Thursday , April 18 2024
In one of the show's most emblematic moments, Asad's friends recoil when he sticks to his principles and accepts a cup of tea from a woman of what they see as an inferior clan. This operatic true tale from South Africa of a Somali refugee's harrowing journey of survival resonates ringingly in today's Europe and America.

Theater Review (NYC): ‘A Man of Good Hope’

How to describe a show like A Man of Good Hope? Strictly speaking, this South African import from Isango Ensemble and the Young Vic is a play with music. But “a play with opera” would be more specifically accurate. And in some ways, this joyously staged adaptation of Jonny Steinberg’s non-joyful true story of one Somali refugee isn’t quite what one expects of a play, either, in the usual Western sense.

Isango Company Members in 'A Man of Good Hope' - photo by Keith Pattison
Isango Company Members in ‘A Man of Good Hope,’ photo by Keith Pattison

Call it a buoyant series of living dioramas if you will. Regardless, it’s enthralling on its own terms, a wrenching personal story as well as strikingly resonant with the nativism resurgent in today’s Europe and America. The young Somali boy Asad Abdullahi sees his mother shot in front of him. Bounced from place to place, he’s taken in by a relative here, a relative there. He becomes especially close to one cousin who becomes a surrogate mother but leaves him behind when she gets immigration papers for the United States.

After crossing multiple harsh borders, experiential as well as national, Asad gets to South Africa, a kind of Promised Land where a relative helps him set up as a shopkeeper in a Johannesburg township. But there he and his young wife and son are beset by violent anti-immigrant hostility. She flees with the baby, he stays.

Pauline Malefane, Ayanda Tikolo, Siphosethu Juta in 'A Man of Good Hope' - photo by Keith Pattison
Pauline Malefane, Ayanda Tikolo, Siphosethu Juta in ‘A Man of Good Hope’ – photo by Keith Pattison

Steinberg spent two years interviewing Asad, sitting in a car so the mistrustful immigrant could spy threats from any direction. The story leaves off as Asad and his new family secure their own immigrant visas to the U.S., where, so the show’s most ironic song goes, “it’s always safe,” “there are no guns,” and, most appealingly to the little boy who still lives inside Asad, “they have the biggest trucks.”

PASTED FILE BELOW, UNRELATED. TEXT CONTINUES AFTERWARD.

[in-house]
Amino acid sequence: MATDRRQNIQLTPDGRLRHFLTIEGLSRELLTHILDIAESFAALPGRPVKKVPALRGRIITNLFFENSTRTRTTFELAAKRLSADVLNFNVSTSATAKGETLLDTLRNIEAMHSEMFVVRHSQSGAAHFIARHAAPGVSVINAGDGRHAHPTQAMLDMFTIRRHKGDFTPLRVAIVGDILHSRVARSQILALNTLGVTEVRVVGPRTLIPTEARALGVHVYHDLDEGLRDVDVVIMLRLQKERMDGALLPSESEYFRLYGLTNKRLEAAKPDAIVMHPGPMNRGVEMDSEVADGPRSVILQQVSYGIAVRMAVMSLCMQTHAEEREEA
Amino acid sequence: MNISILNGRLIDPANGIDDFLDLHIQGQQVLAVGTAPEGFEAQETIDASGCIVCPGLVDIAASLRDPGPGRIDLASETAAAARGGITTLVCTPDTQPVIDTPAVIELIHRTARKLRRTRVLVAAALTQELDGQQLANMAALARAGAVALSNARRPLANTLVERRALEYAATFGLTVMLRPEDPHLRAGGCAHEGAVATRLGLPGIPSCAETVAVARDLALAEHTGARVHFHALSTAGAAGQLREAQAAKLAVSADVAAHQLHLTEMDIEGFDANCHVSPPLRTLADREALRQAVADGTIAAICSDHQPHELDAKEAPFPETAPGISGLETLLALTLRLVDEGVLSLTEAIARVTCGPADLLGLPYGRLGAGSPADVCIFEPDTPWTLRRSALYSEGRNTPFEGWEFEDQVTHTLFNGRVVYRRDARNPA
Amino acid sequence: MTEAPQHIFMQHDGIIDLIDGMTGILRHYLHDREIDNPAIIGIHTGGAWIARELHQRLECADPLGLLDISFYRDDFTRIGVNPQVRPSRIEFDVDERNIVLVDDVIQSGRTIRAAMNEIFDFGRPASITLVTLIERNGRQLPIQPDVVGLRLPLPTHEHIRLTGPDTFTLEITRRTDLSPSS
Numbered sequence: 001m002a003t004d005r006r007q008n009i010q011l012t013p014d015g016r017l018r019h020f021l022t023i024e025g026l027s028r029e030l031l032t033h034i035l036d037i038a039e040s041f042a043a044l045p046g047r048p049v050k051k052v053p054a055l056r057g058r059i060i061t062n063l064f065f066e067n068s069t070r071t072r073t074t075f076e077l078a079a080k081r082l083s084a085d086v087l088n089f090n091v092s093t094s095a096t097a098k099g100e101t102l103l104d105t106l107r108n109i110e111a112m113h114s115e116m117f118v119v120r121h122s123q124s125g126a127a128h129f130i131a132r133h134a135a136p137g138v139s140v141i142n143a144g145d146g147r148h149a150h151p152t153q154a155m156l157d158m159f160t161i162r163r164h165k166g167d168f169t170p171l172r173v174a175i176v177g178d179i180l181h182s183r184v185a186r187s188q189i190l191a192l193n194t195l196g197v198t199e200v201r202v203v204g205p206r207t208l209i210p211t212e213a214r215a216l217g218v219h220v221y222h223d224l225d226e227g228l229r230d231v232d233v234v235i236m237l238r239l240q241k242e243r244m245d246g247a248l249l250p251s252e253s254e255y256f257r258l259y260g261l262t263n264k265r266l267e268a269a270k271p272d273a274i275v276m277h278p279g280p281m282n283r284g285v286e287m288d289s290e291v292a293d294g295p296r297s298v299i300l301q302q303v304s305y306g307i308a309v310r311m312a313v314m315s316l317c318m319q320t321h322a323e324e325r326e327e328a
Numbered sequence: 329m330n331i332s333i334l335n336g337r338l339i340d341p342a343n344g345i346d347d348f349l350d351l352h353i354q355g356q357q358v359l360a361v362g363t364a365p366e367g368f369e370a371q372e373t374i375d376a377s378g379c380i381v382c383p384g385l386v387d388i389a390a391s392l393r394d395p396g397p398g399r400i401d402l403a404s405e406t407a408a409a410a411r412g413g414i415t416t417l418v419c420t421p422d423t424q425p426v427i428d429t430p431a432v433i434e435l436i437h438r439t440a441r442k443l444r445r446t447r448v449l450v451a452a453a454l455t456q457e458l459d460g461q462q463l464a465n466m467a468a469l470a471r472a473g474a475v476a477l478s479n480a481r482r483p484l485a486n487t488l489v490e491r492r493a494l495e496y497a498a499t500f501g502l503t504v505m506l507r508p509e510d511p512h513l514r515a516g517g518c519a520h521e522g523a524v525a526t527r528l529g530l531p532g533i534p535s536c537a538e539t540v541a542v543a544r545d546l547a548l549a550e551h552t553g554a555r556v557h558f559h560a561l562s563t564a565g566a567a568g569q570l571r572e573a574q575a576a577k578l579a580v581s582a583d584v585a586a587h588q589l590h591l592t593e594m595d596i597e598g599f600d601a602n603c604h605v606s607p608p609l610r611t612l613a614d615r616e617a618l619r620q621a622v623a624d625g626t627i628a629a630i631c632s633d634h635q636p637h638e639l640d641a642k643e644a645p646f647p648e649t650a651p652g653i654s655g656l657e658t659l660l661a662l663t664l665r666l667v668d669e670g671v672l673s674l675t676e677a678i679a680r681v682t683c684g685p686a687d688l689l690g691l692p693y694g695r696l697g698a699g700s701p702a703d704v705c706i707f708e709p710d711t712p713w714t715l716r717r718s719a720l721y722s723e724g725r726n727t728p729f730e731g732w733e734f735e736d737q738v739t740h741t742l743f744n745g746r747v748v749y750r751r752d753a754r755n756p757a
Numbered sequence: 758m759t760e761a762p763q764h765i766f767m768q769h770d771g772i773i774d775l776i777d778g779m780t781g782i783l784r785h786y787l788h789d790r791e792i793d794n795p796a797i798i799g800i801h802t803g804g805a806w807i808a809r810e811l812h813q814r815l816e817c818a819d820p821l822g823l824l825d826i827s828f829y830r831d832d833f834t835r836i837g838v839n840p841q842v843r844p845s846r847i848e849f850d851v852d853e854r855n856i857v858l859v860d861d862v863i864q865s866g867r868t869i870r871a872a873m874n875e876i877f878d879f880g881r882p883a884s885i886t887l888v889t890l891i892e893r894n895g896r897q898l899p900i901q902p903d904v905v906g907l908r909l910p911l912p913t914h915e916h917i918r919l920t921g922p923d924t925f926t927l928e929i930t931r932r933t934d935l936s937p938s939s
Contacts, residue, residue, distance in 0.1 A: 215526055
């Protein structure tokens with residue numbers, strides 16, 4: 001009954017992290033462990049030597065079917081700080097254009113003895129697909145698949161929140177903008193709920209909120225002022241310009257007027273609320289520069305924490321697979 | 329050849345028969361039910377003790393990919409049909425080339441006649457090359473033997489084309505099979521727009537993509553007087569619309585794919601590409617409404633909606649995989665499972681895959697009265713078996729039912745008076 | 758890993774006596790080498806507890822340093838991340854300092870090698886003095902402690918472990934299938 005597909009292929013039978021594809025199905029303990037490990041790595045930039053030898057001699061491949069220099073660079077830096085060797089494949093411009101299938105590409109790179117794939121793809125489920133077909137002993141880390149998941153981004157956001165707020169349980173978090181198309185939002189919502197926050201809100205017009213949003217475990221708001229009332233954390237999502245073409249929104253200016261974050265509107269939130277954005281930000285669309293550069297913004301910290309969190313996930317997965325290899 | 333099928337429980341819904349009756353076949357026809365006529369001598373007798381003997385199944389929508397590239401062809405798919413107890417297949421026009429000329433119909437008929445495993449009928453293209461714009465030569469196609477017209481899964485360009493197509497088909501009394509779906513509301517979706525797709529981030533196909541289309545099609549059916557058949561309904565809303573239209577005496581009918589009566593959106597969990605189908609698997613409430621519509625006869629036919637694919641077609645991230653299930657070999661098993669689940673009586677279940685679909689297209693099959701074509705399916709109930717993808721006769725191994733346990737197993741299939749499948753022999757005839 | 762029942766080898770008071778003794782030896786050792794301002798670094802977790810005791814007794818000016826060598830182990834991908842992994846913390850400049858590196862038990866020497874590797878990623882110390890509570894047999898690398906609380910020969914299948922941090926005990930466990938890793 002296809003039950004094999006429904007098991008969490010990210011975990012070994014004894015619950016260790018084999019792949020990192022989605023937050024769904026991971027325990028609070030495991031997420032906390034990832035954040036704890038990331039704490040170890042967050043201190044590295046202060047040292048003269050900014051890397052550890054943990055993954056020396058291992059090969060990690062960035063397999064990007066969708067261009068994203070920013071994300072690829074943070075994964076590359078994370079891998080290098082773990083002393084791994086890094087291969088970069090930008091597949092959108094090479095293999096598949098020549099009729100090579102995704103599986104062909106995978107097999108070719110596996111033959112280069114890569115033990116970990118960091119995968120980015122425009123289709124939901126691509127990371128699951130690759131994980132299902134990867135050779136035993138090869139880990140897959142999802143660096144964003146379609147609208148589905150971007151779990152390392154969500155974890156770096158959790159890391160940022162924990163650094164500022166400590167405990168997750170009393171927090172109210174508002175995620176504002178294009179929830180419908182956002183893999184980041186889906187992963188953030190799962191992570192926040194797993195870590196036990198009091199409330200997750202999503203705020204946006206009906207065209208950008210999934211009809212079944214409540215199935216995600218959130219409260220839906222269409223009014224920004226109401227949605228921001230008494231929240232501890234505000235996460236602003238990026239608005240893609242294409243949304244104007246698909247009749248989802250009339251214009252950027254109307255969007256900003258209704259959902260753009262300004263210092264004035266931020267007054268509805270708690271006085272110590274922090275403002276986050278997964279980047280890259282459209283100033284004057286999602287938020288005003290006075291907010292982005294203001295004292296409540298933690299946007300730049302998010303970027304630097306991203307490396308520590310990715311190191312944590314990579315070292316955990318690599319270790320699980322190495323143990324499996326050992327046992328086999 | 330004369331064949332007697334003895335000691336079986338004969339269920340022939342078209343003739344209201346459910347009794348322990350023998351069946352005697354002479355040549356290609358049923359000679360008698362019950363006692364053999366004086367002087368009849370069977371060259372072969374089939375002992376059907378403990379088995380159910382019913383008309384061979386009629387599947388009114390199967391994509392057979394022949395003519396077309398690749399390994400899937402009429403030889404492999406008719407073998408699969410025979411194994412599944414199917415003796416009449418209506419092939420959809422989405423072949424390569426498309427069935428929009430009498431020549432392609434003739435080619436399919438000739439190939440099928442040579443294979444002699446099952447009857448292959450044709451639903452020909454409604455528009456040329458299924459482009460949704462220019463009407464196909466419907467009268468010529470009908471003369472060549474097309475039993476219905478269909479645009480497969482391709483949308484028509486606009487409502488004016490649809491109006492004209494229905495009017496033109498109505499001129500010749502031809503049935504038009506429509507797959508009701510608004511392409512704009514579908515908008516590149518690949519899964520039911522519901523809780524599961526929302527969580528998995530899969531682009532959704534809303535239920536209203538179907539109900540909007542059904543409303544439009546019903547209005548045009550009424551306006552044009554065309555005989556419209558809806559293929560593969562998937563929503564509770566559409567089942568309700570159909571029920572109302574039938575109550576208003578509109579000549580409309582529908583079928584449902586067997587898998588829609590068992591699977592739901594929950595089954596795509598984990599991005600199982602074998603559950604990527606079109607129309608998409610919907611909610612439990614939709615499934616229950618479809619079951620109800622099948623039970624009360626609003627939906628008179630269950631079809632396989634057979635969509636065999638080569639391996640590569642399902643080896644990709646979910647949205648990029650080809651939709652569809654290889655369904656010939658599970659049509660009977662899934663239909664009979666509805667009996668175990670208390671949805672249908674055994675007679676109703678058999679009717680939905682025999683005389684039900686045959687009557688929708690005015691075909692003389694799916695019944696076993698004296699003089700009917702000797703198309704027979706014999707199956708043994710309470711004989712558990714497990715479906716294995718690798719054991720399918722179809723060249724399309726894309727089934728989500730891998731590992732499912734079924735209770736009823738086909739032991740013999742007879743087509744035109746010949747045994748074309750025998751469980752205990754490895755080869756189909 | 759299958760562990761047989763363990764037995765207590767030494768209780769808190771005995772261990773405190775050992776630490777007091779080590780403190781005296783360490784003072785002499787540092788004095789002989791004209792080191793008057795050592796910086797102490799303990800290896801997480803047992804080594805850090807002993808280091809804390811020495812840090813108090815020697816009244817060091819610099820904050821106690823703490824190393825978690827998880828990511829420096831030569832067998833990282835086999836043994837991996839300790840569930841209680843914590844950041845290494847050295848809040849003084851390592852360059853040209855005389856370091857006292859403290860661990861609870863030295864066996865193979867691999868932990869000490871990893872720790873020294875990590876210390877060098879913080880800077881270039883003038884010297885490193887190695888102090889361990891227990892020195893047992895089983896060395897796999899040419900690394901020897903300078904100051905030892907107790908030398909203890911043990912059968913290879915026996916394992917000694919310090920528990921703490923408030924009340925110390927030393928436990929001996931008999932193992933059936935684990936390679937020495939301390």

Four actors play Asad through four stages of his life starting from boyhood. The third, Luvo Tamba, plays him as a young man, the most extensive and compelling turn. But each is richly drawn and focused in his (or her) own way, and so is the large cast as a whole. The players take on multiple roles as Asad’s epic takes shape: friends, scattered relatives and clansfolk, people from other clans, different immigrant groups, different countries. They double as musicians, too, playing an orchestra of marimbas and drums, and as dancers. In terms of spectacle, using the word “extravaganza” hardly seems a stretch.

The stylized presentation reinforces the operatic quality imparted by the wonderful voices, from Asad’s caretaker cousin’s platinum soprano and his first wife’s amazing phone-ringing trill to Tamba’s woodsy baritone and fully-adult Asad’s rich basso. Indeed there are superb voices throughout the cast. Heard individually, these suggest Western opera. In harmony, accompanying the leads or expressing a scene’s gut feeling whether in words or keening sounds, they form a gorgeous mosaic of a chorus.

That such artistic beauty can arise from such a sad and harrowing story as Asad’s, and not only arise but travel the world to inspire audiences on distant continents, is one positive message the show imparts. Another is the strength that gives a person the possibility – combined with luck, of course – to survive as Asad has. But pain and woe drive the tale itself, a saga of strife and division, tribalism and violence, as well as love and caring. Attacks on “the other,” whether immigrants or a rival group at home, follow Asad from country to country. In one of the show’s most emblematic moments, not violent (for once) but loaded with meaning, his friends recoil when he sticks to his principles and accepts a cup of tea from a woman who belongs to what they see as an inferior clan.

As Steinberg points out in the liner notes, when he finally finished the book, Asad refused to read it. Revisiting the horrors of his past is too painful for him; he wants to look only forward. We, on the other hand, can be grateful it inspired this show and gave it the momentum to cross oceans to reach people outside Africa. Along with its artistic merit and spirited energy, it’s a reminder of the vigilance needed to oppose the everpresent forces of tribalism at the root of so much insensitivity, hatred, and violence.

A Man of Good Hope is at BAM for a five-day run through Feb. 19.

About Jon Sobel

Jon Sobel is Publisher and Executive Editor of Blogcritics as well as lead editor of the Culture & Society section. As a writer he contributes most often to Music, where he covers classical music (old and new) and other genres, and Culture, where he reviews NYC theater. Through Oren Hope Marketing and Copywriting at you can hire him to write or edit whatever marketing or journalistic materials your heart desires. Jon also writes the blog Park Odyssey at where he is on a mission to visit every park in New York City. He has also been a part-time working musician, including as lead singer, songwriter, and bass player for Whisperado.

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